The New Ceramics: 7 Boundary-Pushing Examples of Ceramic Furniture

Thinking of the realm of ceramics, objects such as tableware, vases, or sculpture often come to mind. But, what about ceramic furniture? This edit features a selection of tactile, textural, and colourful ceramic furniture from the inventive minds of talented makers. Increasingly prevalent in the last few years, this aspect of contemporary ceramics allows makers the opportunity to further push the boundaries of clay, shifting thoughts from unpredictability and fragility to the potentials of large-scale, functional pieces such as benches, stools, and tables.

Similarly to smaller scale ceramics, a range of experimental methods exist to reinvent these recognisable forms. Some are pressed into moulds or extruded from machines, creating near-perfect forms. For other pieces, the hands-on nature of working with clay highlights the maker’s touch in each piece, with final forms and textures emerging from a relationship between hand and material. In each case, an unexpected play on familiar functions and shapes emerges from this earth-derived material.

This edit of ceramic furniture features the work of Abdallah Al Mulla, BISKT Studio, BNAG, Diego Faivre, Giácomo Tomazzi Studio, Pepa Reverterstanzanumerotre, Studio Terre, and Theodora Alfredsdottir.

BISKT Studio, “Balik” Bench

By the materials that compose it, the “Balik” Bench is, in essence, both fragile and robust. In this reinterpretation of the seat, Studio Biskt realizes a metal base that, like two river banks, would be linked by an extruded clay junction. Glazed in different shades of colours, “Balik” aspires to the outdoors and evokes, in its composition and possibility of assembly, multiple variations.

View BISKT STUDIO’s showroom, including “Balik” Bench (€1.199,20 ex. VAT)

Diego Faivre, “Stool Made in 244 Minutes”

Made in Diego Dough, a special type of air-drying clay that remains pliable once dry, the stool is priced according to Faivre’s “Minute Manufacturing” system, whereby every minute of production time costs €2. That means the product’s final price is a direct reflection of the amount of time it took to make it – in this case, 244 minutes.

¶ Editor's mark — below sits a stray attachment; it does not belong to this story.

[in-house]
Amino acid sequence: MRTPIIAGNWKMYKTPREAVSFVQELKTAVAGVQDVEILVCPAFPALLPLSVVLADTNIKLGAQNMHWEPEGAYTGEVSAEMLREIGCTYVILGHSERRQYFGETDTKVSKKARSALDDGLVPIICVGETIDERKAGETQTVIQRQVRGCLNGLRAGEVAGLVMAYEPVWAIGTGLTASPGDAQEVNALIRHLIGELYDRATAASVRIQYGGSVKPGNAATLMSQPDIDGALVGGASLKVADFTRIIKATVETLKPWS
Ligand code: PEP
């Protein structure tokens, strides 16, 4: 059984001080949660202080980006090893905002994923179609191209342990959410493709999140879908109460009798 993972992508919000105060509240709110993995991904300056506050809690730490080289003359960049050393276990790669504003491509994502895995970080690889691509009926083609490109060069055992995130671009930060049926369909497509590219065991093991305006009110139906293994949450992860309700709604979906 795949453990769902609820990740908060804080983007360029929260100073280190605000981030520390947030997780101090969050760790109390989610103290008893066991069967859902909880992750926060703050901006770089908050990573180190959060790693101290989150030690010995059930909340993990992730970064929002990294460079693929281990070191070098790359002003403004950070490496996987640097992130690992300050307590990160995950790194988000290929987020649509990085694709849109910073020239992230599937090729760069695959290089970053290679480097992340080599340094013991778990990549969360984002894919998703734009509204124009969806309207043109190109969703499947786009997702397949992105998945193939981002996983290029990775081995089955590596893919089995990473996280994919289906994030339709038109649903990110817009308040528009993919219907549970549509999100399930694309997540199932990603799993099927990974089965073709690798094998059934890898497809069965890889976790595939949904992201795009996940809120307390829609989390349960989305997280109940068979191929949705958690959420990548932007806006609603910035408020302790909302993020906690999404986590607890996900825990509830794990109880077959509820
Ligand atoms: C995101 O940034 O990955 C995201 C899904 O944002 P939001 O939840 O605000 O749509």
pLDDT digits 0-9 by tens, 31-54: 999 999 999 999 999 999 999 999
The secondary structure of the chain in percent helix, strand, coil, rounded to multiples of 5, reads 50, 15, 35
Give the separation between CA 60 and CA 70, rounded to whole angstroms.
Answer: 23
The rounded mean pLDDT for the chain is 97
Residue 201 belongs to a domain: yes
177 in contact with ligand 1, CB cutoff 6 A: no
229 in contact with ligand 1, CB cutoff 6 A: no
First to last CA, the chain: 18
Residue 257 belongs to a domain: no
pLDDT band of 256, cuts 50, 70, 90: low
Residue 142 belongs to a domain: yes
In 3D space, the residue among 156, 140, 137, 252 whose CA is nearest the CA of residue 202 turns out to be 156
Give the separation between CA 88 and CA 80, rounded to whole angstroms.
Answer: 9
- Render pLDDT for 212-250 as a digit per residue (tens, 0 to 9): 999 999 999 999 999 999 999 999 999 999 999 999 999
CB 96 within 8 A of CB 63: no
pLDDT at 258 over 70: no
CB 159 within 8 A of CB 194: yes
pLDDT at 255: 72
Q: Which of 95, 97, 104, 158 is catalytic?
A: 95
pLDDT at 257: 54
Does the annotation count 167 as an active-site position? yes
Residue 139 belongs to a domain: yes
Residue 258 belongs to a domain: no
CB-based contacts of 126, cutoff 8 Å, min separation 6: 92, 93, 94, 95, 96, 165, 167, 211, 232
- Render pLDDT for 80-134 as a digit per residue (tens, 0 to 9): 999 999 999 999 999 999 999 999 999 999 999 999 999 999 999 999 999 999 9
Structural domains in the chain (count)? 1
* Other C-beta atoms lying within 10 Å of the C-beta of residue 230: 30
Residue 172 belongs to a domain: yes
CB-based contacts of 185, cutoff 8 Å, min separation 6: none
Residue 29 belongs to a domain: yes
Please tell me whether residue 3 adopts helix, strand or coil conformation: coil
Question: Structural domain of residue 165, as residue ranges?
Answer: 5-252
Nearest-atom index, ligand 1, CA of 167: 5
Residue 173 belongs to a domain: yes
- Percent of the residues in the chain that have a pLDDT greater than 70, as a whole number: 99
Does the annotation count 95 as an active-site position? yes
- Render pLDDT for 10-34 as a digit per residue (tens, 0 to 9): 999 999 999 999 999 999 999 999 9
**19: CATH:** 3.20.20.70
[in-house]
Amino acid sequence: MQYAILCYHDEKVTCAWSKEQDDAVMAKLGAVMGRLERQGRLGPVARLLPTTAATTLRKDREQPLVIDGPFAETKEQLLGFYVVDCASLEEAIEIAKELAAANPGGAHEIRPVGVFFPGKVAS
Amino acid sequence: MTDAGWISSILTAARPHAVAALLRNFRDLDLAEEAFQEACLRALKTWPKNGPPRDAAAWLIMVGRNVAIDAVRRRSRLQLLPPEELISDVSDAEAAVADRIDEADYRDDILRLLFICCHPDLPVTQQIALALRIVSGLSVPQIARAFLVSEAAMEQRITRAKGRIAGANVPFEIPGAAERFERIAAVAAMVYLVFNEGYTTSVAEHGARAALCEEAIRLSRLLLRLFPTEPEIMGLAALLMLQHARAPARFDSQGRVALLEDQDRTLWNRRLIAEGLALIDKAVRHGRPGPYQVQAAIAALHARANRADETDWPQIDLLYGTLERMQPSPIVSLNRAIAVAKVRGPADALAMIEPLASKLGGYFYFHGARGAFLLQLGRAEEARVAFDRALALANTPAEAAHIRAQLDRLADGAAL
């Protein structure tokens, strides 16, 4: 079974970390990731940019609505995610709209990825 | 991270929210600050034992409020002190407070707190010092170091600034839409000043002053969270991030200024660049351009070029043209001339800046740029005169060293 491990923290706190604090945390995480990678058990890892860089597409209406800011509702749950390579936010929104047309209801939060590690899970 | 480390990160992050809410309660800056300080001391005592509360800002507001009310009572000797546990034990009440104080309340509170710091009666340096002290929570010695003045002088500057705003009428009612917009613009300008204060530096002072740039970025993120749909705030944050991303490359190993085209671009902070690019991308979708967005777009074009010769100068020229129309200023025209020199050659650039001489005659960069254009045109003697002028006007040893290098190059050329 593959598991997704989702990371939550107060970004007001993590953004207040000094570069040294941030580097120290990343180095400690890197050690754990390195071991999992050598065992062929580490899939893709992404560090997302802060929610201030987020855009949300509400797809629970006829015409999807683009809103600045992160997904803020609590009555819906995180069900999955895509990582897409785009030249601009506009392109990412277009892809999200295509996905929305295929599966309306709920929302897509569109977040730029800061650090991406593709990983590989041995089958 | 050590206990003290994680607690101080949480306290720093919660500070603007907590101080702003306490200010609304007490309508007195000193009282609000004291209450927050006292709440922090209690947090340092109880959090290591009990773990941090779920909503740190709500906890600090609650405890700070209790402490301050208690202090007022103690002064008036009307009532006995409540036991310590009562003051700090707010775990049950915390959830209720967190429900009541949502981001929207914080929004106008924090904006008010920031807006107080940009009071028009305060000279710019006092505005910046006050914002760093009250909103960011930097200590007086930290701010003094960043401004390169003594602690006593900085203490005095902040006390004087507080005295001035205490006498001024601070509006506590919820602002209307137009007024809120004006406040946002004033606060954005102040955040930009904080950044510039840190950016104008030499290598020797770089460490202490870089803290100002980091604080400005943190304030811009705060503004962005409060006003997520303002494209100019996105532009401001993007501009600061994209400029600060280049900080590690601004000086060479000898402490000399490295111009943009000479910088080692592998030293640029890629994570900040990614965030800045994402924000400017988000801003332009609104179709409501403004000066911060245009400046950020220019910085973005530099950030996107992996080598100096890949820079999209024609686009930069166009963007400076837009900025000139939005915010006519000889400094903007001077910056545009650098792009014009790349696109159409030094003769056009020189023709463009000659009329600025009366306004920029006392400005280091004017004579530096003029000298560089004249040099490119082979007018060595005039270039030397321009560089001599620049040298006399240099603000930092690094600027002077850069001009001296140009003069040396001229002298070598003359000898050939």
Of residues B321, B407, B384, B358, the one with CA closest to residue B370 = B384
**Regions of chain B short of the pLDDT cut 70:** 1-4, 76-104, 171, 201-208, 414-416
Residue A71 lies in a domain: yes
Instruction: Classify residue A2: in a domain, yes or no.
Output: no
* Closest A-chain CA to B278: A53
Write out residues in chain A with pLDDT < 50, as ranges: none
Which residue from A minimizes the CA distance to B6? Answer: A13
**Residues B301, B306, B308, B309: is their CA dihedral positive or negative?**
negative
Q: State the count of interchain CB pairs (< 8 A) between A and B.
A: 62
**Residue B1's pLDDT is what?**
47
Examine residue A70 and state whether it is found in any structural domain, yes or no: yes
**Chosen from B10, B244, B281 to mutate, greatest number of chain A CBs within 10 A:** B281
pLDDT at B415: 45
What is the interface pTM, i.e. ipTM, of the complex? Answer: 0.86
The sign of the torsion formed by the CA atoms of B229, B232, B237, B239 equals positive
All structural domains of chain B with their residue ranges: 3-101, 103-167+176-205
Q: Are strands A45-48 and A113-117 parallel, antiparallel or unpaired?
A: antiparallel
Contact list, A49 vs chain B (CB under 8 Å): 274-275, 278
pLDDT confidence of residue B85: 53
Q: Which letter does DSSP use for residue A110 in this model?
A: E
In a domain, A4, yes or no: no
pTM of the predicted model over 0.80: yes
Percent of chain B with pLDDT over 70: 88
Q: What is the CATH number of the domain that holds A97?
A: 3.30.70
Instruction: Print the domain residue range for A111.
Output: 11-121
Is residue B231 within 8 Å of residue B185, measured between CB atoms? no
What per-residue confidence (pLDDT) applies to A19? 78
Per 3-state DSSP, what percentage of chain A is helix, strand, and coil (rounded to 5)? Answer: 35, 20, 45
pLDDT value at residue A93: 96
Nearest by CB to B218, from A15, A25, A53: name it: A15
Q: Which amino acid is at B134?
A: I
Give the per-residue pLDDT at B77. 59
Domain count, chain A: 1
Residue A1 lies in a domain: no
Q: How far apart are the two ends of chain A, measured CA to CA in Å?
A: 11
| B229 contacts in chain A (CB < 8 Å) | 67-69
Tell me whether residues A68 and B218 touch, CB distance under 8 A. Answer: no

View Diego Faivre’s showroom, including “Stool Made in 244 Minutes” (€488 ex. VAT)

Giácomo Tomazzi Studio, “Terra Collection – Side Table”

Clay has a primitive nature because it aggregates the four elements: air, fire, earth, and water. The dried clay needs water to become plastic and flexible and the warmth of the hands will shape a shape whose permanence requires the use of fire that will return the air to the atmosphere. The four elements united make us return to the primitive and the forces of mother earth.

View Giácomo Tomazzi Studio’s showroom, including “Terra Collection – Side Table” (€595,20 ex. VAT)

Abdallah Al Mulla & Pepa Reverter, “Safeefah x Clay – Stools and Tables”

Produced during the “Crafts Dialogue” initiative by Irthi Contemporary Crafts Council, the “Safeefah X Clay” collection consists of clay stools and tables that function as dining furniture and can be stacked to look like a totem pole. The collection, which is a collaboration between Emirati designer Abdallah Al Mulla and Spanish designer Pepa Reverter, pushes the limits of clay design by creating pieces that surpass a diameter of sixty centimetres and a height of one metre.

View Abdallah Al Mulla & Pepa Reverter’s showroom, including “Safeefah x Clay – Stools and Tables” (€934,50 – €1.299,50 ex. VAT)

stanzanumerotre, “Flora” Side Table

The “Flora” Side Table has been coil built in white clay and belongs to the “Flora” series, a series of pieces coming straight from the bottom of the sea. A sea sponge caressed by the tide, a coral made by microorganisms in ages.

View stanzanumerotre’s showroom, including “Flora” Side Table (€650,40 ex. VAT)

Studio Terre, “nucleo”


“nucleo” is a coffee table created in red lombard clay, brown clay, oils, and stucco. It is from the “Maxi” series, which seeks to create more complex stories that live on individual intentions, but reinforce the concept of collective. Studio Terre see a relationship of kinship and affinity between the elements, as in a family.

View Studio Terre’s showroom, including “nucleo” (€3.100 ex. VAT)

Theodora Alfredsdottir, “Mould” Ceramic Side Table

'Mould' Ceramic Side Table

A collection of ceramic side tables that explore the possibility of using a single mould to produce unique objects. With a stackable mould, the project studies if achieving uniqueness within a standardised process can add value to the outcome. A mould that consists of 3 parts in shapes based on a square, triangle, and circle which can be stacked differently each time a new piece is made, resulting in all unique pieces.

View Theodora Alfredsdottir’s showroom, including “Mould” Ceramic Side Table (€1.130,40 ex. VAT)

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